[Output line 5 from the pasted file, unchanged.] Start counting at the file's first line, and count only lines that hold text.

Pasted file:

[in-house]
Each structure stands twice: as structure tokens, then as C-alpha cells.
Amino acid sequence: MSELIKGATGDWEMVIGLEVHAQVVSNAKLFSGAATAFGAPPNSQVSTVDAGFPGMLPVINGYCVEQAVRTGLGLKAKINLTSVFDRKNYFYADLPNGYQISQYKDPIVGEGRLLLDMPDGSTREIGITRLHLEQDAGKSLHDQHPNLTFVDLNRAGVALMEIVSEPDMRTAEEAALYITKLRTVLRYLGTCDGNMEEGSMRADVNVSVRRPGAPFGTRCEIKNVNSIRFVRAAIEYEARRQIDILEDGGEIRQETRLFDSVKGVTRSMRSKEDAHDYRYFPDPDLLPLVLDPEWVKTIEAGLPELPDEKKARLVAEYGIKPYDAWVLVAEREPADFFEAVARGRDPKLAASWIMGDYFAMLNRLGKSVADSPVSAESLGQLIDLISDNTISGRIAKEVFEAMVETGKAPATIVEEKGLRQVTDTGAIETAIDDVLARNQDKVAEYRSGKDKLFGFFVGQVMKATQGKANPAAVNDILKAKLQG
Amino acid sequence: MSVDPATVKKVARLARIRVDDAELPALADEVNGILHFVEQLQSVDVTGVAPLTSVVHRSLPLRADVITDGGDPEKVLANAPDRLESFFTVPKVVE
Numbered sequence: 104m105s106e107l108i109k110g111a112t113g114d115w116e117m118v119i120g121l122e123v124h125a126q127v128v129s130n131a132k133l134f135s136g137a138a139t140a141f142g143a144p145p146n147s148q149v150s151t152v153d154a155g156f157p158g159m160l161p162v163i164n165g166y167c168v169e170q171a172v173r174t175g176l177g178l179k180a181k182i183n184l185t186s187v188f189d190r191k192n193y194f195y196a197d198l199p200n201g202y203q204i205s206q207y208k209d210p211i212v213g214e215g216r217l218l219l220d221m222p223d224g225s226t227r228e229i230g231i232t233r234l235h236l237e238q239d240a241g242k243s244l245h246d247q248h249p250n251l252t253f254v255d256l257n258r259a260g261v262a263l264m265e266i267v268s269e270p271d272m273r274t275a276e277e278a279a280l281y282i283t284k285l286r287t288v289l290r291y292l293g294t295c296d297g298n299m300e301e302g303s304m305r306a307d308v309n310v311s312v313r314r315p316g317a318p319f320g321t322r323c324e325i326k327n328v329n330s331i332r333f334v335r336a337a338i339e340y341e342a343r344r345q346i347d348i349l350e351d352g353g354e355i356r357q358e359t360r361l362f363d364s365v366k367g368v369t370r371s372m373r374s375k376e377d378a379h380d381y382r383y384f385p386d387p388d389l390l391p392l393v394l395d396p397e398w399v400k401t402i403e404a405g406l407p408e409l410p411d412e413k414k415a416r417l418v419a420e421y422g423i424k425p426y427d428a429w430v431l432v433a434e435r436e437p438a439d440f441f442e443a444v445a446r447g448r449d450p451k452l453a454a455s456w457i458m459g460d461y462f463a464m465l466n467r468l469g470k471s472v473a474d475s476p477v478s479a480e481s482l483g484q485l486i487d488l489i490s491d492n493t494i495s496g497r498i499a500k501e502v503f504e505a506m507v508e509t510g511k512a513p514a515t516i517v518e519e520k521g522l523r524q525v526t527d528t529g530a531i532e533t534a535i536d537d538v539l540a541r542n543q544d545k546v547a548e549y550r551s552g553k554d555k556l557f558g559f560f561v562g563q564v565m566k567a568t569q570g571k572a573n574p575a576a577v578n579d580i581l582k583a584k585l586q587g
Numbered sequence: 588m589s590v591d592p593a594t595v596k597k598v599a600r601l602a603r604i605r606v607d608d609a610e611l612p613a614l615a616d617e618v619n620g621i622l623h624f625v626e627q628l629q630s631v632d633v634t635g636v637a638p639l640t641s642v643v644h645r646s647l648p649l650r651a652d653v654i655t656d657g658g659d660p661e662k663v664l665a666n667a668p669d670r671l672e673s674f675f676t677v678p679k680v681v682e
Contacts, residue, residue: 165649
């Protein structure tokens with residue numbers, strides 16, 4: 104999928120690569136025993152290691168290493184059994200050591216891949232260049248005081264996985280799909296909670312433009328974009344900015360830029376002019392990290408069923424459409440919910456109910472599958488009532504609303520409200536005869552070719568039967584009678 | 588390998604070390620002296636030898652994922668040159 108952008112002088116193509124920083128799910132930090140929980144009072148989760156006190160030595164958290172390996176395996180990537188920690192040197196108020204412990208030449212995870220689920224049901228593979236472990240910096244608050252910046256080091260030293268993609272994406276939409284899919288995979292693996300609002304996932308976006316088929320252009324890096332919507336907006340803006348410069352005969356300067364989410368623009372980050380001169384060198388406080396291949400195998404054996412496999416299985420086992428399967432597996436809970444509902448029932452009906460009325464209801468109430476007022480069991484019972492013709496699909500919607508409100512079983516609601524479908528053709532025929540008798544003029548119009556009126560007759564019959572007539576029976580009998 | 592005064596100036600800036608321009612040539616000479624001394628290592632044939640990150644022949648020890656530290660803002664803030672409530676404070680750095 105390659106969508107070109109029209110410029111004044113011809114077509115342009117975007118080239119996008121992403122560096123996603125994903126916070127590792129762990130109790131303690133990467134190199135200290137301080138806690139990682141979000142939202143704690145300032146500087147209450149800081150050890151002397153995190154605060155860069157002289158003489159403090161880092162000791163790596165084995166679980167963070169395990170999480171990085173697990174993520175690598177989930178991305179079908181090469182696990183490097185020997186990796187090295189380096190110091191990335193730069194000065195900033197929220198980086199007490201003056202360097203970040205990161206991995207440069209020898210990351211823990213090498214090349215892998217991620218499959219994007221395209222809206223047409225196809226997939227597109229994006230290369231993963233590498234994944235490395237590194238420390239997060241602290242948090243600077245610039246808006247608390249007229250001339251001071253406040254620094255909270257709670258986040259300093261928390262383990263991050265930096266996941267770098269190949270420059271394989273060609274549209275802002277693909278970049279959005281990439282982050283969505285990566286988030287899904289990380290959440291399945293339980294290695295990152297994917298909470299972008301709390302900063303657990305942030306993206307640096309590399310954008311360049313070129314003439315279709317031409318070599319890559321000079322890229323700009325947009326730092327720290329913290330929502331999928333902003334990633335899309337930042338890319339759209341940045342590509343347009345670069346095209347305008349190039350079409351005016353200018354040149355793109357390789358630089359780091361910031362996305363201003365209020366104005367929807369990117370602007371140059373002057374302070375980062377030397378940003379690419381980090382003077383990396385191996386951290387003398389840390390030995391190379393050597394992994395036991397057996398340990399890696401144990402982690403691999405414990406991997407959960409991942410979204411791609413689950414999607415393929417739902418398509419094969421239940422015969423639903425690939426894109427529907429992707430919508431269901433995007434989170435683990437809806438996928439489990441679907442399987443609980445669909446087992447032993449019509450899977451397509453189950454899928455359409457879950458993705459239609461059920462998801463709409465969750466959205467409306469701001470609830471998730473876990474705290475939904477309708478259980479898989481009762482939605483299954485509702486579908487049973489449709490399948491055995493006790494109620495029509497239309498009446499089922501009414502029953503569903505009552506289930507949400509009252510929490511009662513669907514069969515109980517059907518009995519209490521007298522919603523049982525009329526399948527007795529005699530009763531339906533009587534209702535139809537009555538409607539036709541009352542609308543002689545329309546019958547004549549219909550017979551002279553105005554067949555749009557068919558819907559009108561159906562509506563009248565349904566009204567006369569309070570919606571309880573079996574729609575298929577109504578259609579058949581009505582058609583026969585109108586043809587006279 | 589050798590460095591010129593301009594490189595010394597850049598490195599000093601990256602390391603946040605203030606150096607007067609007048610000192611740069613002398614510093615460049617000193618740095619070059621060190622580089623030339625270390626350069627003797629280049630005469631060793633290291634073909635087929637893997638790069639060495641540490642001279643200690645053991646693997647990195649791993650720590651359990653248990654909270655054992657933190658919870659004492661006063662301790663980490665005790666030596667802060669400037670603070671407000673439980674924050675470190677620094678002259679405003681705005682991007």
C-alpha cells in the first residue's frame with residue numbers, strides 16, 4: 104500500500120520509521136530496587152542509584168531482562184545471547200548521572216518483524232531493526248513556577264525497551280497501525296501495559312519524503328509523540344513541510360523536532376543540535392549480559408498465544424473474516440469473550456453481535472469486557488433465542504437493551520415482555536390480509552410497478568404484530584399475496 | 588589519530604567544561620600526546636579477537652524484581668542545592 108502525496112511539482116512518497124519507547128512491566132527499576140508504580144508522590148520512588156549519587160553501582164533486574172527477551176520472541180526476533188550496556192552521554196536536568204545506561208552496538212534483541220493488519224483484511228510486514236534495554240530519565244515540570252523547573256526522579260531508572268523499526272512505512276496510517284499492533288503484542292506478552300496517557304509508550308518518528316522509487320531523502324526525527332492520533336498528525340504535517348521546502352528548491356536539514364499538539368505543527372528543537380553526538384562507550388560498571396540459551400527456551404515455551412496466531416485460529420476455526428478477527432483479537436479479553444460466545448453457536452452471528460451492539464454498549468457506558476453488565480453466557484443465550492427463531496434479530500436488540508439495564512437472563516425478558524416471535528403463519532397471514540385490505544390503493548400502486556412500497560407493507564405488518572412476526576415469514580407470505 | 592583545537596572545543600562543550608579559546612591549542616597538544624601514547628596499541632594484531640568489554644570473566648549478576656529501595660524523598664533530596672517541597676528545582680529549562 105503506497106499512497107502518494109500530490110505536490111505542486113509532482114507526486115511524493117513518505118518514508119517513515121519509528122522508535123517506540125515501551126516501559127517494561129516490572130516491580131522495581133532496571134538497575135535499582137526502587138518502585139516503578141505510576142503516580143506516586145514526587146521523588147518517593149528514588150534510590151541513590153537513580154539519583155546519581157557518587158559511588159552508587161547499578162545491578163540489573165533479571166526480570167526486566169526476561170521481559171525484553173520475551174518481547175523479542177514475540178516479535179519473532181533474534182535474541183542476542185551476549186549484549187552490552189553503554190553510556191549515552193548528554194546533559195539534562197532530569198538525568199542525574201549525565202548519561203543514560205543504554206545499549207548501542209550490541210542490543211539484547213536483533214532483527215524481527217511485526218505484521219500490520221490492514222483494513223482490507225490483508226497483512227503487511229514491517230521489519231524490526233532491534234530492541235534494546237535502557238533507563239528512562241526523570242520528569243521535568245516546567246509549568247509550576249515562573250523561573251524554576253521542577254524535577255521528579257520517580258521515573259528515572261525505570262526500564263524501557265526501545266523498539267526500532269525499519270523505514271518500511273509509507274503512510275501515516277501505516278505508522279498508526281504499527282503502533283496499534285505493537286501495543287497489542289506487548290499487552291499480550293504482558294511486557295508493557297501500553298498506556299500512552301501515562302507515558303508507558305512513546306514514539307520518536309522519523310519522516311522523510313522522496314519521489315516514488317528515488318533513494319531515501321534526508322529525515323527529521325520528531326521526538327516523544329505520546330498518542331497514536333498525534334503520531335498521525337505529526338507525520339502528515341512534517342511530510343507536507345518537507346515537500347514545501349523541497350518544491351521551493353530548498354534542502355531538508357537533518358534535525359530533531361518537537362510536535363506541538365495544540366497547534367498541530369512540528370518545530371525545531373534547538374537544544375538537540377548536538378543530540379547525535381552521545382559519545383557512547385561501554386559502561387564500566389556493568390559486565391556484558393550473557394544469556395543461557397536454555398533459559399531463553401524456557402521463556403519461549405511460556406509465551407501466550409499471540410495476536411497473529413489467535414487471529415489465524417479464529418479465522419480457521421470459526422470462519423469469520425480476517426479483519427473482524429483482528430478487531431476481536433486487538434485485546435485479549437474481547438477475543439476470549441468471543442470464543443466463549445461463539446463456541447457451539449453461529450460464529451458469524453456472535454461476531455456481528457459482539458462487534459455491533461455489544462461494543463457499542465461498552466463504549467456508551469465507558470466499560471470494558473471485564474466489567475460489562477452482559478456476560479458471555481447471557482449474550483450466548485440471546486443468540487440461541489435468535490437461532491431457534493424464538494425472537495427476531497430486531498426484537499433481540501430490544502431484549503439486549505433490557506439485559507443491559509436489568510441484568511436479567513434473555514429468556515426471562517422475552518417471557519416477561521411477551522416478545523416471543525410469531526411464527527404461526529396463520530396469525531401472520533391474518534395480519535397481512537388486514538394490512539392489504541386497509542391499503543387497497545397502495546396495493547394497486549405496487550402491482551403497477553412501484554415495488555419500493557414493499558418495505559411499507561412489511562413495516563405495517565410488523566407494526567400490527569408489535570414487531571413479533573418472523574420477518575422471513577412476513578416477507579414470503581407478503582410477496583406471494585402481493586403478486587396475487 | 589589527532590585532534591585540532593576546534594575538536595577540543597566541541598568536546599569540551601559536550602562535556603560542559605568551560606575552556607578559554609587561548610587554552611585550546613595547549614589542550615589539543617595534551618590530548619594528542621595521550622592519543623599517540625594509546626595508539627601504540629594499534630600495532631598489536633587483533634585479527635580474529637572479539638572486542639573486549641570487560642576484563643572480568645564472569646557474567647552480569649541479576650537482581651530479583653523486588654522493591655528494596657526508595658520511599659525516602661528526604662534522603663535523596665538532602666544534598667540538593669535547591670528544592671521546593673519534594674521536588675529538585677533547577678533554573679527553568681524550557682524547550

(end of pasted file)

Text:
Numbered sequence: 104m105s106e107l108i109k110g111a112t113g114d115w116e117m118v119i120g121l122e123v124h125a126q127v128v129s130n131a132k133l134f135s136g137a138a139t140a141f142g143a144p145p146n147s148q149v150s151t152v153d154a155g156f157p158g159m160l161p162v163i164n165g166y167c168v169e170q171a172v173r174t175g176l177g178l179k180a181k182i183n184l185t186s187v188f189d190r191k192n193y194f195y196a197d198l199p200n201g202y203q204i205s206q207y208k209d210p211i212v213g214e215g216r217l218l219l220d221m222p223d224g225s226t227r228e229i230g231i232t233r234l235h236l237e238q239d240a241g242k243s244l245h246d247q248h249p250n251l252t253f254v255d256l257n258r259a260g261v262a263l264m265e266i267v268s269e270p271d272m273r274t275a276e277e278a279a280l281y282i283t284k285l286r287t288v289l290r291y292l293g294t295c296d297g298n299m300e301e302g303s304m305r306a307d308v309n310v311s312v313r314r315p316g317a318p319f320g321t322r323c324e325i326k327n328v329n330s331i332r333f334v335r336a337a338i339e340y341e342a343r344r345q346i347d348i349l350e351d352g353g354e355i356r357q358e359t360r361l362f363d364s365v366k367g368v369t370r371s372m373r374s375k376e377d378a379h380d381y382r383y384f385p386d387p388d389l390l391p392l393v394l395d396p397e398w399v400k401t402i403e404a405g406l407p408e409l410p411d412e413k414k415a416r417l418v419a420e421y422g423i424k425p426y427d428a429w430v431l432v433a434e435r436e437p438a439d440f441f442e443a444v445a446r447g448r449d450p451k452l453a454a455s456w457i458m459g460d461y462f463a464m465l466n467r468l469g470k471s472v473a474d475s476p477v478s479a480e481s482l483g484q485l486i487d488l489i490s491d492n493t494i495s496g497r498i499a500k501e502v503f504e505a506m507v508e509t510g511k512a513p514a515t516i517v518e519e520k521g522l523r524q525v526t527d528t529g530a531i532e533t534a535i536d537d538v539l540a541r542n543q544d545k546v547a548e549y550r551s552g553k554d555k556l557f558g559f560f561v562g563q564v565m566k567a568t569q570g571k572a573n574p575a576a577v578n579d580i581l582k583a584k585l586q587g